Tuesday, August 16, 2011

Not Right

Today's guest post is from a bloggy friend who has words to share that need to be said, but can't be said on her blog. My heart hurts for her. Please show her some love!

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A few weeks ago Child 2 had a birthday party; in attendance were his best friend and his friend’s older brother, who has been diagnosed with ADHD and sensory issues. He had spent a good deal of time at the party off to the side, away from the other kids, doing his own thing.

Earlier today I was talking to my mom on the phone and we were talking about these kids. “What’s going on with the older one?” She asked. “I watched him for a while and I could tell there was something not right about him.”

I don’t remember my reaction, but I instantly felt defensive. She was saying she thought he might be autistic, which may be true although he has no diagnosis; but that doesn’t mean that he’s “not right.”

I thought about it for a while and decided to email her. I asked her to be mindful of her choice of language when talking about autism, particularly around my kids. Saying he’s “not right” because he has autistic tendencies is the same as saying “there’s something wrong with him” because he has autistic tendencies. This is not a message I want either of my kids to learn.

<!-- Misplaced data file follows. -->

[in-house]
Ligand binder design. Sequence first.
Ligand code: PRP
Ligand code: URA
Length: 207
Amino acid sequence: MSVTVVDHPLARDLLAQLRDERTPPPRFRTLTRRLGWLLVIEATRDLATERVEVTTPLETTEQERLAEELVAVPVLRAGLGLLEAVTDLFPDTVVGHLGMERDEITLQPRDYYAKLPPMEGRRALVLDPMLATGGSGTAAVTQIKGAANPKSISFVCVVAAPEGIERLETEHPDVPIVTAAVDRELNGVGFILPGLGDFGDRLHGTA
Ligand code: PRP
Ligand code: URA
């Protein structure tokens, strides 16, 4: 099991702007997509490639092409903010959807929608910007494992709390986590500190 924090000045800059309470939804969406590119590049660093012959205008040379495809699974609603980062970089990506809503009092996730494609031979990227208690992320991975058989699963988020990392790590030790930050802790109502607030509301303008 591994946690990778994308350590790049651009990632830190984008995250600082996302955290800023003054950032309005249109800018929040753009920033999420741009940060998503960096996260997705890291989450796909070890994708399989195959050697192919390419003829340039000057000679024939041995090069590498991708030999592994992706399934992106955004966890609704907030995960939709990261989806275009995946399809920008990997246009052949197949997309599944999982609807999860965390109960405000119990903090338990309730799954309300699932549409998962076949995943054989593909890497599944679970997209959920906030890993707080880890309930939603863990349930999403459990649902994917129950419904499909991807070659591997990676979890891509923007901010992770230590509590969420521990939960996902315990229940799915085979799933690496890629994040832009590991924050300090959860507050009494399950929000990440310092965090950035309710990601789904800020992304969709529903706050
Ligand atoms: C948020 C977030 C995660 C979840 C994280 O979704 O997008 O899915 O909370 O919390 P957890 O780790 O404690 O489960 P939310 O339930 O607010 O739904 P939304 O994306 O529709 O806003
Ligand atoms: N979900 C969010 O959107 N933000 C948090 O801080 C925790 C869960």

My child has autism, but there’s nothing wrong with him. This is how he is; who he is. I don’t want him growing up thinking that he’s defective because of the way his brain works. I think our generation has an opportunity to change the way the entire world thinks about autism; like I told my mom: “being autistic isn’t a negative thing, it’s just a different way of thinking.”

Choice of language when talking about these things is a lot more important than people realize and I think it’s my duty, as a parent of an autistic child, to educate people about this. After all, if I don’t, who will? But most importantly I don’t want my child to think that there’s something wrong with him. Because there isn’t.

jillsmo blogs at yeahgoodtimes.com and is the mother of 2 boys: Child 1 is 9 and has autism; Child 2 is 6 and does not.
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